Everybody likes the pope.
Or at least nearly everybody. Time‘s newly minted Person of the Year is viewed favorably by 92 percent of American Catholics, according to a new ABC/Washington Post poll. The same poll found that 69 percent of all Americans view Francis favorably. And these numbers have been rising since Francis’s election in March. A new Wall Street Journal poll says that the pope’s popularity has nearly doubled since July. Francis is already at least as popular as Pope John Paul II was at his peak.
So when Pope Francis issued his World Day of Peace message on Thursday attacking the “widening gap between those who have more and those who must be content with the crumbs,” Americans listened. This is the same pope who in September criticized the global economic system for worshipping “a god called money” and said that “we want a just system that helps everyone.” It’s the same pope who denounced “trickle-down” economics and warned that the “idolatry of money” would lead to a “new tyranny.”
While the Occupy Wall Street movement that began in 2011 deserves credit for bringing income inequality to the political front-and-center, it’s Pope Francis who can actually keep it there.
A big part of the reason for that is his popularity. Occupy Wall Street never had anything like the pope’s approval numbers. A month after the movement began in fall 2011, more Americans approved of Occupy than disapproved by a slim margin, 39 percent to 35 percent.
But a vastly larger number of Americans supported the ideas behind the Occupy movement. A December 2011 Pew Research poll found that while Occupy at that point had just a 44 percent approval rating, 77 percent of Americans believed that “too much power in the hands of a few rich people and corporations,” and 61 percent believed that the U.S. economic system was unfair and favored the wealthy.
The ideas about inequality expressed by Occupy in 2011 and by Francis today are not uncommon among Americans. But the pope is an infinitely more powerful conduit to carry and champion them. And he can be that champion without suddenly ditching the papacy and accepting a policy gig at the White House. The pope, with his infallibility and his U.S. base of over 75 million American Catholics, is already standing atop one of history’s largest soapboxes.
It makes sense that, in a recent speech on economic fairness, President Obama quoted Francis, asking “How can it be that it is not a news item when an elderly homeless person dies of exposure, but it is news when the stock market loses two points?” It’s much more difficult to imagine the president quoting Occupy in that major speech on economic mobility — in no small part because it’d be kind of weird for Obama to just start waggling his fingers.
But as Obama tries to base the remainder of his presidency on mobility and inequality, he has few allies more powerful than the Vatican.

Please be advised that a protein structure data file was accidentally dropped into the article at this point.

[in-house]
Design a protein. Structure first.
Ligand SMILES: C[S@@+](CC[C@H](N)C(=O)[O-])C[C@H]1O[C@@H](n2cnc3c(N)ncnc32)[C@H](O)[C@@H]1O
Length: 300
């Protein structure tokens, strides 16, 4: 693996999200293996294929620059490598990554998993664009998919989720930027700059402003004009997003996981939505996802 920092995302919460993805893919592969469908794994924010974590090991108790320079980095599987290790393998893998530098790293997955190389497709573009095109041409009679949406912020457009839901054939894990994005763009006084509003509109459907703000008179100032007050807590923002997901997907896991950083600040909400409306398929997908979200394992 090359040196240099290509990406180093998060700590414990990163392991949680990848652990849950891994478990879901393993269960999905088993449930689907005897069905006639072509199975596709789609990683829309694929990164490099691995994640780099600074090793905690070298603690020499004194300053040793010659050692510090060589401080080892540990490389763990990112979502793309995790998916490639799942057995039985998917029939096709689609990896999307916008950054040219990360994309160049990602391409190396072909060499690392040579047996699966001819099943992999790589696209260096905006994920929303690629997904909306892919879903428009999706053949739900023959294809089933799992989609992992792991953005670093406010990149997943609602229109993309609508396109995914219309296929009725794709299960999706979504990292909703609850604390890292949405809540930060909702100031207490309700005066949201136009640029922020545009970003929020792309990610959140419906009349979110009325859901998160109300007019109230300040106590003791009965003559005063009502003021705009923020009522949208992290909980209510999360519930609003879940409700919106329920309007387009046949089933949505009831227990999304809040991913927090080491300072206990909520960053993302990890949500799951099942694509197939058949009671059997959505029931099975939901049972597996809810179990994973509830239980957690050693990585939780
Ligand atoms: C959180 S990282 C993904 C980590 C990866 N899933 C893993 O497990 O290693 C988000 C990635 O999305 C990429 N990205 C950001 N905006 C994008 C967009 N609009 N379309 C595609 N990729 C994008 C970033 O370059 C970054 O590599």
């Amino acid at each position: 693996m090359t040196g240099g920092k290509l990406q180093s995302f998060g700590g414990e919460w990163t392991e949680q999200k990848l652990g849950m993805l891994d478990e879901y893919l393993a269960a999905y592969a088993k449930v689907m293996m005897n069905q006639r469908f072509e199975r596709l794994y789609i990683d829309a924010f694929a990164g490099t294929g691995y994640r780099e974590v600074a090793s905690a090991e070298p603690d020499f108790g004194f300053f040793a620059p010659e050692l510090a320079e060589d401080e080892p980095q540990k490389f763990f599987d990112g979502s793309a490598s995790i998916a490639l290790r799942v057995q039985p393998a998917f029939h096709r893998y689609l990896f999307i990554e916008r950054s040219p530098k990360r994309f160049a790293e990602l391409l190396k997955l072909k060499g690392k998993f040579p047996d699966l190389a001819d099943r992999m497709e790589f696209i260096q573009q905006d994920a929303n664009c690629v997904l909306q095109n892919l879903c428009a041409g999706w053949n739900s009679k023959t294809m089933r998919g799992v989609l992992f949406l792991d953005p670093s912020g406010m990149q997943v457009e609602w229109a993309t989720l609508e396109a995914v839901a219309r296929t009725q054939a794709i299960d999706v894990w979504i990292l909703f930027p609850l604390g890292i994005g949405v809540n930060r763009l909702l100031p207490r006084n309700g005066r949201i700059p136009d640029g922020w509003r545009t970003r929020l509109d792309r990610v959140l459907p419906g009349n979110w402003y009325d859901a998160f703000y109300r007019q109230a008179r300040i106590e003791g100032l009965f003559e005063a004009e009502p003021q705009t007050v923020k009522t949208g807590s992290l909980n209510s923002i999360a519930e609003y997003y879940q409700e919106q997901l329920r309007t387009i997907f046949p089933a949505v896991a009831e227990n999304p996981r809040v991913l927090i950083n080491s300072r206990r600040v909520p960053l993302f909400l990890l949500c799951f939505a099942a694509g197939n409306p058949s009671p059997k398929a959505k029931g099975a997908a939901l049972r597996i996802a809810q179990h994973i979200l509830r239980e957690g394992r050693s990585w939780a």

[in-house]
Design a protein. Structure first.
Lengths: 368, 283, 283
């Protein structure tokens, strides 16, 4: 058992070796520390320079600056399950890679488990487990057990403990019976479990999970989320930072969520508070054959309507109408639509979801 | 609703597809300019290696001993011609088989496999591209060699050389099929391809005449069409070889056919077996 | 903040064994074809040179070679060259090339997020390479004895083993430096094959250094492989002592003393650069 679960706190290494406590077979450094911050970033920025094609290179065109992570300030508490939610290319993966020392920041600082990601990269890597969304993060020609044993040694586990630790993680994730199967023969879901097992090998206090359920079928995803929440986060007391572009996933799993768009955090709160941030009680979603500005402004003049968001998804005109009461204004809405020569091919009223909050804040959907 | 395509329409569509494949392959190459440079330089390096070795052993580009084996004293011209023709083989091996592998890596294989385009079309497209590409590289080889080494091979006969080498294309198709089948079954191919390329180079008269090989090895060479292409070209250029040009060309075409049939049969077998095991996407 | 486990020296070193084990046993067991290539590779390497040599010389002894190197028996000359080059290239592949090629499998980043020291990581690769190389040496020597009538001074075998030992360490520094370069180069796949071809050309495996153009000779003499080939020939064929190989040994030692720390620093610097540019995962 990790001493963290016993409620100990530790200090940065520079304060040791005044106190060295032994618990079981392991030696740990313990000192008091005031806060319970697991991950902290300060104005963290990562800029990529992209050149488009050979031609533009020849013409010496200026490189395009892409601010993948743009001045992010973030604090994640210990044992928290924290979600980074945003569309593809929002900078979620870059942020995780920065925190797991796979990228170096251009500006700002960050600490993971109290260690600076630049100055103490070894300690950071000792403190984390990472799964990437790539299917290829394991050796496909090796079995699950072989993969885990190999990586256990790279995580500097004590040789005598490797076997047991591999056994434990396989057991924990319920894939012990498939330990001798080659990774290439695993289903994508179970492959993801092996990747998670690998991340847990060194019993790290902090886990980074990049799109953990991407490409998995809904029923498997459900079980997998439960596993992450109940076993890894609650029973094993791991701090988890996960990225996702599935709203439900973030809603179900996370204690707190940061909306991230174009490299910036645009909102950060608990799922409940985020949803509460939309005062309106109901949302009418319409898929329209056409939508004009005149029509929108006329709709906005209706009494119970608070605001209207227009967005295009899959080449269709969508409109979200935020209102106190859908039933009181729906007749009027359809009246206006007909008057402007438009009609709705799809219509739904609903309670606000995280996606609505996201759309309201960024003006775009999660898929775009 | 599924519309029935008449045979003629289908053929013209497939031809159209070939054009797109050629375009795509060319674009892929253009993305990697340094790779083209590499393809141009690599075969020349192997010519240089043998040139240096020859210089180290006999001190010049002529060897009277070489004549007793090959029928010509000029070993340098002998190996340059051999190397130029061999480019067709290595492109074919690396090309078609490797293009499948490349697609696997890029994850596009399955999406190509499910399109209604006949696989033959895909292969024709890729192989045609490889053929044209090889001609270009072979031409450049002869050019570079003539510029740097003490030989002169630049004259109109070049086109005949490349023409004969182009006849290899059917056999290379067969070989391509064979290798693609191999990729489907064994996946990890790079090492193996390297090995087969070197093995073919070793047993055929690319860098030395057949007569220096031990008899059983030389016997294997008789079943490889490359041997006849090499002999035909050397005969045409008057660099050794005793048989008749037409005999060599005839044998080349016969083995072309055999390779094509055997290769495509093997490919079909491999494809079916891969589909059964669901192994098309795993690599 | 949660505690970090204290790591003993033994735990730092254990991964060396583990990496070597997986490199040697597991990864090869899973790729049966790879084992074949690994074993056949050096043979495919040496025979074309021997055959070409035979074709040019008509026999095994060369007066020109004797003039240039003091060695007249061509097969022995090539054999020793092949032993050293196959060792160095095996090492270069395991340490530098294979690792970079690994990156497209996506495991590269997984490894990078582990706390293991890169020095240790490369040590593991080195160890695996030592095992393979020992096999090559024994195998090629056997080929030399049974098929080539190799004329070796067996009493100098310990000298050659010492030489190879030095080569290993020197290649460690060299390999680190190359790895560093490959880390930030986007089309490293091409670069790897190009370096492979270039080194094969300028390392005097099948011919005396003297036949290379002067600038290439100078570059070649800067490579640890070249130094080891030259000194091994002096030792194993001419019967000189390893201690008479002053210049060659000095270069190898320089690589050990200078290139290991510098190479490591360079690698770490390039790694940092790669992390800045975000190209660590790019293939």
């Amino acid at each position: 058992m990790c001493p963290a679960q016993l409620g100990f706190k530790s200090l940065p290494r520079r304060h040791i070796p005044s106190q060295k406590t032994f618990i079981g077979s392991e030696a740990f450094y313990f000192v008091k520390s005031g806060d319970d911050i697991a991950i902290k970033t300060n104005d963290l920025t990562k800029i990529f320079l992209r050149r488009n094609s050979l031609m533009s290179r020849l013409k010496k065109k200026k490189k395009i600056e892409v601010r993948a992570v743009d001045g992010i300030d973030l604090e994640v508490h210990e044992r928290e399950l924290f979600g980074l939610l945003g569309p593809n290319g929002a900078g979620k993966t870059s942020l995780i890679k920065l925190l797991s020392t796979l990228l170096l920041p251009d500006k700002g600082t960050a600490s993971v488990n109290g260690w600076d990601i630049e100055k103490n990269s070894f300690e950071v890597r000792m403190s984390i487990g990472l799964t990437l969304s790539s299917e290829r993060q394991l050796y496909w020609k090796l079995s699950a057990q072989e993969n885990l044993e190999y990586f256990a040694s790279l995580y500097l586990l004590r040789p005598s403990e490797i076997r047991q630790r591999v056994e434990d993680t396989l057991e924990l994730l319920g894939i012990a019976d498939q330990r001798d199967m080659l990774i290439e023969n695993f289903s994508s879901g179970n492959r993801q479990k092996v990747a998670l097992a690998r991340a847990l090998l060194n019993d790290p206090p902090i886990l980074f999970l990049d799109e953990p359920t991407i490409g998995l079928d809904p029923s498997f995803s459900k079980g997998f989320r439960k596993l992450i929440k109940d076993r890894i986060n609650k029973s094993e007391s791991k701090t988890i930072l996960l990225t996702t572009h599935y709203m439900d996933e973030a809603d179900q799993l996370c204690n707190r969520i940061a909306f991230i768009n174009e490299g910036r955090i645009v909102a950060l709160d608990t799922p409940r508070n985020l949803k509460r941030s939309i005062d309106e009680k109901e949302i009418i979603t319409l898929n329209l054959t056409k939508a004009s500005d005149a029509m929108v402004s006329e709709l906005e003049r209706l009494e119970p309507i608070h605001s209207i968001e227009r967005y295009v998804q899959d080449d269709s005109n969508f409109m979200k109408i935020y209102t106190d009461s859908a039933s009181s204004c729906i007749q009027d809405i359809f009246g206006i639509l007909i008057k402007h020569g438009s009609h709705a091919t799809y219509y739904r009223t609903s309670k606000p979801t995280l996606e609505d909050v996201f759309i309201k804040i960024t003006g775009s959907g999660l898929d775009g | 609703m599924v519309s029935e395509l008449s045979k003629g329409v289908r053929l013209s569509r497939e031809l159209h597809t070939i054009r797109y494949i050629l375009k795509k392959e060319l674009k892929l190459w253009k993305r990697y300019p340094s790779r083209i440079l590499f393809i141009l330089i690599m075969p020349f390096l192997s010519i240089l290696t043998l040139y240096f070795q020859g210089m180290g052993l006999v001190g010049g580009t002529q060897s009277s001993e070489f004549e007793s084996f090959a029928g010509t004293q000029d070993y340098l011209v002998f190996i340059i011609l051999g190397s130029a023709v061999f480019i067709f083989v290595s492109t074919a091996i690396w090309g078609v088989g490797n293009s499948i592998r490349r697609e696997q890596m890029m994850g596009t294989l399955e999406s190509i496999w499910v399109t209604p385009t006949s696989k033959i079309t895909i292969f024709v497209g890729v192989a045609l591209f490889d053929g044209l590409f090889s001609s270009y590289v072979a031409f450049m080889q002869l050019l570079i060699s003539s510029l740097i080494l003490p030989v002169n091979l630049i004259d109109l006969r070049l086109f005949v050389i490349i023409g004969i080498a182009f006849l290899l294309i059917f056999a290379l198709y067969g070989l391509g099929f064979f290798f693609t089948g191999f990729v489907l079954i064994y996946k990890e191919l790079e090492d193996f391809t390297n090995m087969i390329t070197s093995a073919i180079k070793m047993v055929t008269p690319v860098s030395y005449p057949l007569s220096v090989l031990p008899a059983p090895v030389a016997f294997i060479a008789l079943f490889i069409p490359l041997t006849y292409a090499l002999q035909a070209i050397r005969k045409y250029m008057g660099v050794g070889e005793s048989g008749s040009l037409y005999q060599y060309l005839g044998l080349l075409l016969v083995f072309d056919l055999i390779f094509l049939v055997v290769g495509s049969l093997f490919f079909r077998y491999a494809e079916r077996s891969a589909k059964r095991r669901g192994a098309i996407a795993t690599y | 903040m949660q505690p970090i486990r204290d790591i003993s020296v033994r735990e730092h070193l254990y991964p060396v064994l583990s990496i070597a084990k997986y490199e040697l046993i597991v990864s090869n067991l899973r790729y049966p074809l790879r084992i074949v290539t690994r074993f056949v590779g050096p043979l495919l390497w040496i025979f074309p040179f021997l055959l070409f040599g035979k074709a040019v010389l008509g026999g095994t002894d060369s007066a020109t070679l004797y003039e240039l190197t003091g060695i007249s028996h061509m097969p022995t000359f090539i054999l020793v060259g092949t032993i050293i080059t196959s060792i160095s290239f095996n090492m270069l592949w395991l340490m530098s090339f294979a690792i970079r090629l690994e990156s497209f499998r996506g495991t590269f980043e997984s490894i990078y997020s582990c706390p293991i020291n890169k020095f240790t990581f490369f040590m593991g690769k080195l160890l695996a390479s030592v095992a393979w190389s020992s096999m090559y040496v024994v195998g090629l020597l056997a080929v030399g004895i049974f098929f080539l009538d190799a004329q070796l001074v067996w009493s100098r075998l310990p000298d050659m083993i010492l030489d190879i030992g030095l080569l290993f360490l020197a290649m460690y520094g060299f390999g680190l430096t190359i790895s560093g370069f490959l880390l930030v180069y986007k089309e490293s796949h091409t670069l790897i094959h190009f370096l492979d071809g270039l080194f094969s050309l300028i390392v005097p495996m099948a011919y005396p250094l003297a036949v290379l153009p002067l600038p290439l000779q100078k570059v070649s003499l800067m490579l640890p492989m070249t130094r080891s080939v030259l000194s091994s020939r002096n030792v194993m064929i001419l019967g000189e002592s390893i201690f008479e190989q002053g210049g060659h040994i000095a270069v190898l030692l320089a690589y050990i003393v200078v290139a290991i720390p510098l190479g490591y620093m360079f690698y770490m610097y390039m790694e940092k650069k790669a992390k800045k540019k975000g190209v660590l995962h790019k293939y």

What We're Following See More »
With three days until the first debate, the polls are coming fast and furious. The latest round:
- An Associated Press/Gfk poll of registered voters found very few voters committed, with Clinton leading Trump, 37% to 29%, and Gary Johnson at 7%.
- A McClatchy-Marist poll gave Clinton a six-point edge, 45% to 39%, in a four-way ballot test. Johnson pulls 10% support, with Jill Stein at 4%.
- Rasmussen, which has drawn criticism for continually showing Donald Trump doing much better than he does in other polls, is at it again. A new survey gives Trump a five-point lead, 44%-39%.
In contrast to Hillary Clinton's meticulous debate practice sessions, Donald Trump "is largely shunning traditional debate preparations, but has been watching video of…Clinton’s best and worst debate moments, looking for her vulnerabilities.” Trump “has paid only cursory attention to briefing materials. He has refused to use lecterns in mock debate sessions despite the urging of his advisers. He prefers spitballing ideas with his team rather than honing them into crisp, two-minute answers.”
Donald Trump "is on the precipice of becoming the only major-party presidential candidate this century not to reach out to millions of American voters whose dominant, first or just preferred language is Spanish. Trump has not only failed to buy any Spanish-language television or radio ads, he so far has avoided even offering a translation of his website into Spanish, breaking with two decades of bipartisan tradition."
Bill and Hillary Clinton have purchased the home next door to their primary residence in tony Chappaqua, New York, for $1.16 million. "By purchasing the new home, the Clinton's now own the entire cul-de-sac at the end of the road in the leafy New York suburb. The purchase makes it easier for the United States Secret Service to protect the former president and possible future commander in chief."